Review: Father and Son by E.O. Plauen - Sequential State
Chris Grady draws comics about being a force for good in an often dark world. as a dad and sharing them in a web comic called Lunarbaboon. Grady has a 7- year-old son and 2-year-old daughter. . Relationships. The dad told HuffPost he created Lunarbaboon shortly after anxiety and depression and the comic started as a form of therapy. He said his son loves the comics and recently started drawing his own. Relationships. of New York Review Comic's collection of E.O. Plauen's Father and Son, The original Father and Son strips were printed in the German Father and Son emphasizes a loving and compassionate relationship between the.
Plauen, the nom de plume of Erich Ohser, was a staunch critic of Hitler and the Nazis, and was arrested in for anti-Nazi opinions. He committed suicide the day before his trial and his likely subsequent execution.
The NYRC team has cleaned up that original line art from archived printings, and with the help of cartoonist Jeremy Sorese, has lettered in English the sparse German text. Most of the strips are wordless, with a short title underneath.
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But Plauen does miracles with these mostly wordless tales. The two characters exude personality — a gruff but good-natured portly Father and his crafty loving Son.
But more important than the gag is the beauty that these comics portray. Father and Son emphasizes a loving and compassionate relationship between the two main characters. The focus on the importance of play and familial solidarity throughout the comics make them feel special.
This collection treats with care and dignity the work of a fantastic cartoonist whose life was cut short by the violence of fascism.
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Kate Kelly Dads in the Comic Strips: Even today the comics are so much a part of the daily routine of readers young and old that most people have a very personal tradition of the order in which they read them… they may turn to the comics first or save them for a final treat after reading the rest of the paper. Most people even have an order as to which strip they read first…often saving their favorite for last.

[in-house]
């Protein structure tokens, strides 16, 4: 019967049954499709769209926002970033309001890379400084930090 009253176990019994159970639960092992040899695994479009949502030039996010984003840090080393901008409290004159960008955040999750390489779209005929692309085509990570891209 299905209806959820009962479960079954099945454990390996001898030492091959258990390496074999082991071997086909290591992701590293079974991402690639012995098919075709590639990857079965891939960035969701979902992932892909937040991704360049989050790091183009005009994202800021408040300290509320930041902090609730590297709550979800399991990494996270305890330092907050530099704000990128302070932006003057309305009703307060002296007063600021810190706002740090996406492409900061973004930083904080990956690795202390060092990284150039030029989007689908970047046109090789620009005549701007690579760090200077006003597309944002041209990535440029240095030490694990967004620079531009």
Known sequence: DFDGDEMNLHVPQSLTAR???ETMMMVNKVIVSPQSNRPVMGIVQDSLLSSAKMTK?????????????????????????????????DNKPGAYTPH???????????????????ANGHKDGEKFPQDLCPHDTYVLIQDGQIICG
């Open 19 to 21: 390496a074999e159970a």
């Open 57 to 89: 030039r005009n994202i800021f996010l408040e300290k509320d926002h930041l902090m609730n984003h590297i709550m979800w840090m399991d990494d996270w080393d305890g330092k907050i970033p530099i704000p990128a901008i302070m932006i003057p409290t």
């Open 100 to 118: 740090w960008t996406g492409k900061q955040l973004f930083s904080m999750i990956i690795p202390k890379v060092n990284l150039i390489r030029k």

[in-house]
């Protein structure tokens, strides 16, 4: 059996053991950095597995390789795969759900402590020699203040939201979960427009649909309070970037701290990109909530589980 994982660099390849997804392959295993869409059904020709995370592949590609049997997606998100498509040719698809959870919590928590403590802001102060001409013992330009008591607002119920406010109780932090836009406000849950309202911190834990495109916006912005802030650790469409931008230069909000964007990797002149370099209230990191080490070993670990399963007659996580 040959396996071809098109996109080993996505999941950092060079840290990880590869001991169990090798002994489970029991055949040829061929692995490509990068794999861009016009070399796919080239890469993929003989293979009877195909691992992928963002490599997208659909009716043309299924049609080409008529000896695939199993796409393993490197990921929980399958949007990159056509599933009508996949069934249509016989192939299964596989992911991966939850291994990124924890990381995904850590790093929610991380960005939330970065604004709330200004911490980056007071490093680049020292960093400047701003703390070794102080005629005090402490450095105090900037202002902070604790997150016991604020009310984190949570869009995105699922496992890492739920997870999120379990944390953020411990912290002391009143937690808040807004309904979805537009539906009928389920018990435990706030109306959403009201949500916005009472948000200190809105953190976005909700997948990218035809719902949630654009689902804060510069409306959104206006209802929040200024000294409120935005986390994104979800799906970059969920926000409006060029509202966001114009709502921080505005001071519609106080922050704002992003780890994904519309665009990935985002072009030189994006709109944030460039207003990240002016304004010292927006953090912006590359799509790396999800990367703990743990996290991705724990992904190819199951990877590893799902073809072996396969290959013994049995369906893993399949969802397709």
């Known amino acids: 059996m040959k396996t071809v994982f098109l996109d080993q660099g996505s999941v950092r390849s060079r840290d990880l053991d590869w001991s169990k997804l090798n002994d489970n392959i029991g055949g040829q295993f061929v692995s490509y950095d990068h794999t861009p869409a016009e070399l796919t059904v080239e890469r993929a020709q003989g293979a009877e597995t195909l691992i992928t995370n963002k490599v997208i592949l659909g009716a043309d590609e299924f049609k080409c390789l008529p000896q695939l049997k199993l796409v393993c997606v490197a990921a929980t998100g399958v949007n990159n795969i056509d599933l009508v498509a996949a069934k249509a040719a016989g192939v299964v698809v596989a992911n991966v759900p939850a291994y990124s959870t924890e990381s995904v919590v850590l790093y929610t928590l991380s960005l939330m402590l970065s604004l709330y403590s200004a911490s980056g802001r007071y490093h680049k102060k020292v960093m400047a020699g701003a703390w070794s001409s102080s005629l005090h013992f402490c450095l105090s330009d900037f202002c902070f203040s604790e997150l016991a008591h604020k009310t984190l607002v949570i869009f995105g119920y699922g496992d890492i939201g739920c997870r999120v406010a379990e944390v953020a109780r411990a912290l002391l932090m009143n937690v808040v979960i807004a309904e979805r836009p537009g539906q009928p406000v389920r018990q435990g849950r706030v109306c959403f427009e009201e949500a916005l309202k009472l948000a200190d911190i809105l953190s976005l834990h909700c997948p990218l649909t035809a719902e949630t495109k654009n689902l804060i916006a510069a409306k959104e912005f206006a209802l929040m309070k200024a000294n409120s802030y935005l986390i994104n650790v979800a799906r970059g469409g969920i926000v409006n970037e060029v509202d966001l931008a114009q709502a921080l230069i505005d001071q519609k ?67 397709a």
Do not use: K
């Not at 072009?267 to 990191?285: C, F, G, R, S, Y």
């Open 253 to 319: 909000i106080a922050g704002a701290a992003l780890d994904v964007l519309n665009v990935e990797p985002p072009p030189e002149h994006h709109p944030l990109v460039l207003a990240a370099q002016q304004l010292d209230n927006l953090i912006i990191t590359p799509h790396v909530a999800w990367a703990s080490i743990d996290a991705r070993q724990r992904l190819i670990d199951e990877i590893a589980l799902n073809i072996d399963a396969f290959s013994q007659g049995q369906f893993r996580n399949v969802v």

Since the s, comic panels and strips have provided a laugh, kept readers involved in an ongoing saga or provided social commentary—and some strips do all three over the course of what is usually a very long run… successful comic strips are often carried on by other cartoonists even after their creator is gone. To my astonishment, the oldest strip I looked at, Gasoline Alley, created by Frank King in offered a perfect role model of a loving and involved father in the main character Uncle Walt.
The strip itself first ran in the Chicago Tribune, and its name derived from the fact that it was about a group of men who spent their spare time tinkering with old cars.
However, the co-publisher of the Tribune wanted to shift focus so that women might also take a look at the strip. Here, King faced a dilemma as Walt Wallet was unmarried, and no other character had a significant back story. However, Frank King came up with a plot device: Walt wakes up one morning to find a baby in a basket on his front doorstep, and thus, he becomes a single father. Gasoline Alley was notable for permitting the characters to age, and the relationship that develops between Uncle Walt and Skeezix, the boy he raises as a son, is one of the most loving and caring relationships imaginable.
Two prime examples come from both father and son: When Skeezix is only a toddler, Walt takes the much-too-young Skeezix to the circus because Walt is so excited to share the experience with him. Walt points and shares and enjoys all that they see; Skeezix remains focused on the balloon Walt buys him. How many parents can identify with that overwhelming desire to share what you love?
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Much later, Skeezix is serving in the infantry in Europe during World War II, and at mail call, he receives a couple of letters. Any father today could turn to Uncle Walt as an example of the beauty of a caring and involved fatherly love.
The strip was launched by King Features in and was about Blondie Boopadoop, a flapper and her many boyfriends. When sales of the strip stalled, Young and the syndicate came up with a plot twist.